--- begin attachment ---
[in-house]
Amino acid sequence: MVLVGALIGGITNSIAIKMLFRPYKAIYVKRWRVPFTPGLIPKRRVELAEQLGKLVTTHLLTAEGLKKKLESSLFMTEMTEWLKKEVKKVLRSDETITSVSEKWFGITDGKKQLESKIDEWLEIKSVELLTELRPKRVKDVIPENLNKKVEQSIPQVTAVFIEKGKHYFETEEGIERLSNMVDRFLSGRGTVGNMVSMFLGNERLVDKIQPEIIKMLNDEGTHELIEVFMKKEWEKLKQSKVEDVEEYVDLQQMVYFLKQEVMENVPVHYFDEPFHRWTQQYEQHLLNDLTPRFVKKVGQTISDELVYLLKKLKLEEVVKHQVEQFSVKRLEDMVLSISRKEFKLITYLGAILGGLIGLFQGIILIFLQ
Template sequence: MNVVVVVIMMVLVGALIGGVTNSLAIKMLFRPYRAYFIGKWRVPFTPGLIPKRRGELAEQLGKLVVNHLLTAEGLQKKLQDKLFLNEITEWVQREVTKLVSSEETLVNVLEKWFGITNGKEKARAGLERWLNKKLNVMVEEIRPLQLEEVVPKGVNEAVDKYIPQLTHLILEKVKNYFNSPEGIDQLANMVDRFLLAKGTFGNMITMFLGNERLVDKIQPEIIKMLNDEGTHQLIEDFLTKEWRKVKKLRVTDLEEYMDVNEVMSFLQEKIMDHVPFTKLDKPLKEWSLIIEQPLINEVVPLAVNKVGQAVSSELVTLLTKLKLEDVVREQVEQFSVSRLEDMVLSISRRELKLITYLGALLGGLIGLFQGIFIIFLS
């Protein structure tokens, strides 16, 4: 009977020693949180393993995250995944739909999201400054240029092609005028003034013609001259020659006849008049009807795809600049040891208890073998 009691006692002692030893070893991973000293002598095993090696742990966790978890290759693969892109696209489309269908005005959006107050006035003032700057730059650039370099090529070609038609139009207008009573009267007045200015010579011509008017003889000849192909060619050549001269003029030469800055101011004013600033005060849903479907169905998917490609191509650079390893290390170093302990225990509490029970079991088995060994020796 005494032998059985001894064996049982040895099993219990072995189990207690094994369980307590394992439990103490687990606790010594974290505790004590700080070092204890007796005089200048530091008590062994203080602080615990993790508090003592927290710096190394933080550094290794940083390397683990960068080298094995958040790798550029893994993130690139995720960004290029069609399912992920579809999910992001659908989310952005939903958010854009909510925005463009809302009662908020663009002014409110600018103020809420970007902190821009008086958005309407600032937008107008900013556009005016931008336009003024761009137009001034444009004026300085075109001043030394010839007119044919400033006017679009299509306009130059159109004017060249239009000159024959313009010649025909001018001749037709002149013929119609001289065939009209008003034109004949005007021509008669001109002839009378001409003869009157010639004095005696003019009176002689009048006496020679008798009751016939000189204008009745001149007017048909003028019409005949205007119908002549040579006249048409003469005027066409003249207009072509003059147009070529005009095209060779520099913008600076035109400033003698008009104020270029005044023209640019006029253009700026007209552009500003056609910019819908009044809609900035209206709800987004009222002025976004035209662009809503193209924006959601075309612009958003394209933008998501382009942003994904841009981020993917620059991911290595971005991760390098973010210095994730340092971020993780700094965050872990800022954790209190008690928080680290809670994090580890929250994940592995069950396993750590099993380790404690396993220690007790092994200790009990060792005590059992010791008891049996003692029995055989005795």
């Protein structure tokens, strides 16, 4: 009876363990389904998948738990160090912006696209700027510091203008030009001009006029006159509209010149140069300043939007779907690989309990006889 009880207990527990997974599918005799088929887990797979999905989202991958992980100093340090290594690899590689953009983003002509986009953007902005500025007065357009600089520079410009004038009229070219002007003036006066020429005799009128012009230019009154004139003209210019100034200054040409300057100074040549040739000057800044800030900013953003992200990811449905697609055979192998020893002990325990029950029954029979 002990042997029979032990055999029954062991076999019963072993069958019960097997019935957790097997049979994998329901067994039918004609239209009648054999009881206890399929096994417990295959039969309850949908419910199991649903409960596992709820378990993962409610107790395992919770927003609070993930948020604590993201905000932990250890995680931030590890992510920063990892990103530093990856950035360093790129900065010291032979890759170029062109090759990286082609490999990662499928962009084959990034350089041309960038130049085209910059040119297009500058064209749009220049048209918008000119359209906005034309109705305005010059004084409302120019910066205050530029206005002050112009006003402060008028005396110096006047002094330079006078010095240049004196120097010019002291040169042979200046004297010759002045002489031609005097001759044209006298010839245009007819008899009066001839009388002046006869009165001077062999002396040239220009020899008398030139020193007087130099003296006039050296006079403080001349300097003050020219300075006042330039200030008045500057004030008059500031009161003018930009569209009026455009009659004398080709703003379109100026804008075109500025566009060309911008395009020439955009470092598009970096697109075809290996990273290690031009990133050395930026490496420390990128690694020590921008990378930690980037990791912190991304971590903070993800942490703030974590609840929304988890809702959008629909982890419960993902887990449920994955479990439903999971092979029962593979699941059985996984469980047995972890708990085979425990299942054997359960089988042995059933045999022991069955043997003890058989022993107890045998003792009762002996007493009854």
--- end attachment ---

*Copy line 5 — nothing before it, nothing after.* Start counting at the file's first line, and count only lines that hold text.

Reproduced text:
């Protein structure tokens, strides 16, 4: 009876363990389904998948738990160090912006696209700027510091203008030009001009006029006159509209010149140069300043939007779907690989309990006889 009880207990527990997974599918005799088929887990797979999905989202991958992980100093340090290594690899590689953009983003002509986009953007902005500025007065357009600089520079410009004038009229070219002007003036006066020429005799009128012009230019009154004139003209210019100034200054040409300057100074040549040739000057800044800030900013953003992200990811449905697609055979192998020893002990325990029950029954029979 002990042997029979032990055999029954062991076999019963072993069958019960097997019935957790097997049979994998329901067994039918004609239209009648054999009881206890399929096994417990295959039969309850949908419910199991649903409960596992709820378990993962409610107790395992919770927003609070993930948020604590993201905000932990250890995680931030590890992510920063990892990103530093990856950035360093790129900065010291032979890759170029062109090759990286082609490999990662499928962009084959990034350089041309960038130049085209910059040119297009500058064209749009220049048209918008000119359209906005034309109705305005010059004084409302120019910066205050530029206005002050112009006003402060008028005396110096006047002094330079006078010095240049004196120097010019002291040169042979200046004297010759002045002489031609005097001759044209006298010839245009007819008899009066001839009388002046006869009165001077062999002396040239220009020899008398030139020193007087130099003296006039050296006079403080001349300097003050020219300075006042330039200030008045500057004030008059500031009161003018930009569209009026455009009659004398080709703003379109100026804008075109500025566009060309911008395009020439955009470092598009970096697109075809290996990273290690031009990133050395930026490496420390990128690694020590921008990378930690980037990791912190991304971590903070993800942490703030974590609840929304988890809702959008629909982890419960993902887990449920994955479990439903999971092979029962593979699941059985996984469980047995972890708990085979425990299942054997359960089988042995059933045999022991069955043997003890058989022993107890045998003792009762002996007493009854």